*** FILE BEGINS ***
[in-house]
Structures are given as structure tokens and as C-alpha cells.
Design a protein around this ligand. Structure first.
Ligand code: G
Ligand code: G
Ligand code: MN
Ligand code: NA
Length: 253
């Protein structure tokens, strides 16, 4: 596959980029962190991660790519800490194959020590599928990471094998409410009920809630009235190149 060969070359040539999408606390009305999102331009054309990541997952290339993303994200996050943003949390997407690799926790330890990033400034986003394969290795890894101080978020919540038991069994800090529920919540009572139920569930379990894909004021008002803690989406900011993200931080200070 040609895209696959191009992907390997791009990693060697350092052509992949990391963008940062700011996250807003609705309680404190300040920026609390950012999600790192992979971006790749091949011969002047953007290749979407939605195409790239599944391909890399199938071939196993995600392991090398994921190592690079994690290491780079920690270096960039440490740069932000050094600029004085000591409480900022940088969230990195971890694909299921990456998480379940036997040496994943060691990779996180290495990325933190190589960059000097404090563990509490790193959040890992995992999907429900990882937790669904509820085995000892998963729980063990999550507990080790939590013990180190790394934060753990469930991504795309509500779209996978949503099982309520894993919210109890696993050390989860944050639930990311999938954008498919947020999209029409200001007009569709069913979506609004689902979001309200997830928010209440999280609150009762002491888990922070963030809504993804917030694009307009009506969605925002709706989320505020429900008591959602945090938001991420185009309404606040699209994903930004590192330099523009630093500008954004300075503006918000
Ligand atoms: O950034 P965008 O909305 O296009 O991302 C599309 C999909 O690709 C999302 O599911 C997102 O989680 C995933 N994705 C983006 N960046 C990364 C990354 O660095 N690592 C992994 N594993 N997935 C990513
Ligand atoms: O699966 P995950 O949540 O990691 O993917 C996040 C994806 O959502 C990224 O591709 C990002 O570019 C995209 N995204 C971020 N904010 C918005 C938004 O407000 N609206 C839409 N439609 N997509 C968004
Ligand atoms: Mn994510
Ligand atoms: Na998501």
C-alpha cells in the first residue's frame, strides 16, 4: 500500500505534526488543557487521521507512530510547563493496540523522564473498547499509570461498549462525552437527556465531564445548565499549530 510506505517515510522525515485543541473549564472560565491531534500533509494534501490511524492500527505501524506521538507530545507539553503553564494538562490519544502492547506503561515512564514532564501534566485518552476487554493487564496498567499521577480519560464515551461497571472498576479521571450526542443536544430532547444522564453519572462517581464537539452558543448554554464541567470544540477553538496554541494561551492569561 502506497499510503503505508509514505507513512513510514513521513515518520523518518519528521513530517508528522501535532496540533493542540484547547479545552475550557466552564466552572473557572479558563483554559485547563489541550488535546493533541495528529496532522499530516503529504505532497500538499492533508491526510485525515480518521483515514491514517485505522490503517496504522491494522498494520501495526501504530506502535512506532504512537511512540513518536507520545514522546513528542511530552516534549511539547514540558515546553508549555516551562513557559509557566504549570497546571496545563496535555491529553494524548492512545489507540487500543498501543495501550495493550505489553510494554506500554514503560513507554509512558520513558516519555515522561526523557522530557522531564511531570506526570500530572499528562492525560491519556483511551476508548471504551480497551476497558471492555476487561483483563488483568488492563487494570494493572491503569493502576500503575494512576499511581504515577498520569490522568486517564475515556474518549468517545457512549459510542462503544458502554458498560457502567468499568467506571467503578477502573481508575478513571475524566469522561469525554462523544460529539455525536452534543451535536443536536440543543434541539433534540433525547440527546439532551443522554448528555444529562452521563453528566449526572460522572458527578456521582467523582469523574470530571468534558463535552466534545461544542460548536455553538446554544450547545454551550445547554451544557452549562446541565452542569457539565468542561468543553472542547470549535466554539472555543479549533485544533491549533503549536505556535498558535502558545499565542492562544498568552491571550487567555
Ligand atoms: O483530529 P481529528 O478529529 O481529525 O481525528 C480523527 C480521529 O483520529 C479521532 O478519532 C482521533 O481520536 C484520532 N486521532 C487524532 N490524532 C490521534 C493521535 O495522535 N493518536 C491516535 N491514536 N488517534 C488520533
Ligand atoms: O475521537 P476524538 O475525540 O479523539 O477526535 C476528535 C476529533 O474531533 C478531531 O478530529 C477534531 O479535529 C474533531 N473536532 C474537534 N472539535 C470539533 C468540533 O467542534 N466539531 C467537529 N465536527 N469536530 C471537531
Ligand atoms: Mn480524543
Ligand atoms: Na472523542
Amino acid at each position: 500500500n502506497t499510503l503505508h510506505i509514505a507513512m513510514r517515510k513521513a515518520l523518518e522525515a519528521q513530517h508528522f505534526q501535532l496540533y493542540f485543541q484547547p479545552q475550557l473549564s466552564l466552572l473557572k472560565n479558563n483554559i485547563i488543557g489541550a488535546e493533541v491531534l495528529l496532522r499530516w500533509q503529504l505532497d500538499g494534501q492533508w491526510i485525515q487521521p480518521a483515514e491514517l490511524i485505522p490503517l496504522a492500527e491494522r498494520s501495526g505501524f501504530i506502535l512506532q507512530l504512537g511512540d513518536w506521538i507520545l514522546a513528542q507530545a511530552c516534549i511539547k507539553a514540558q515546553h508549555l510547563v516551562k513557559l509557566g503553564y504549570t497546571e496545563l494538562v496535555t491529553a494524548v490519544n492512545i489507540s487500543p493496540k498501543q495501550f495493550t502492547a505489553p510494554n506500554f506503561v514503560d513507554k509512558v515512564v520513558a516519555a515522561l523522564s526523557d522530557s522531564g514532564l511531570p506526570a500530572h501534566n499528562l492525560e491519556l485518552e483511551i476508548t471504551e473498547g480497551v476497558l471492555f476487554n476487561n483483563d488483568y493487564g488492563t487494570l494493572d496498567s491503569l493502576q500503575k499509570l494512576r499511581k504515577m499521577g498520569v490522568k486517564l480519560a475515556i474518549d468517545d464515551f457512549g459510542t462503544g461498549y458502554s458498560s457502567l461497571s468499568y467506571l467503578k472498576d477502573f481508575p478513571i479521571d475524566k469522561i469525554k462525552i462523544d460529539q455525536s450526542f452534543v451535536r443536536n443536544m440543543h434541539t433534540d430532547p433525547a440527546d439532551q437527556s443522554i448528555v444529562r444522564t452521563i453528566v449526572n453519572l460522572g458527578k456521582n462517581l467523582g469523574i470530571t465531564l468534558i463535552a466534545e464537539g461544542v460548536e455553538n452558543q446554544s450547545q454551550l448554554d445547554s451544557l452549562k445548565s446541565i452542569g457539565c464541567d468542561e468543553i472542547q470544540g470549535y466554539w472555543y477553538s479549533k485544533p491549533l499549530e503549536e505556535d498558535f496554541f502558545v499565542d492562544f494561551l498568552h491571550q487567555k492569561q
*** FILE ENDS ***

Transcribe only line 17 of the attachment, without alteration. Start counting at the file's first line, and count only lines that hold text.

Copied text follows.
Ligand atoms: Mn480524543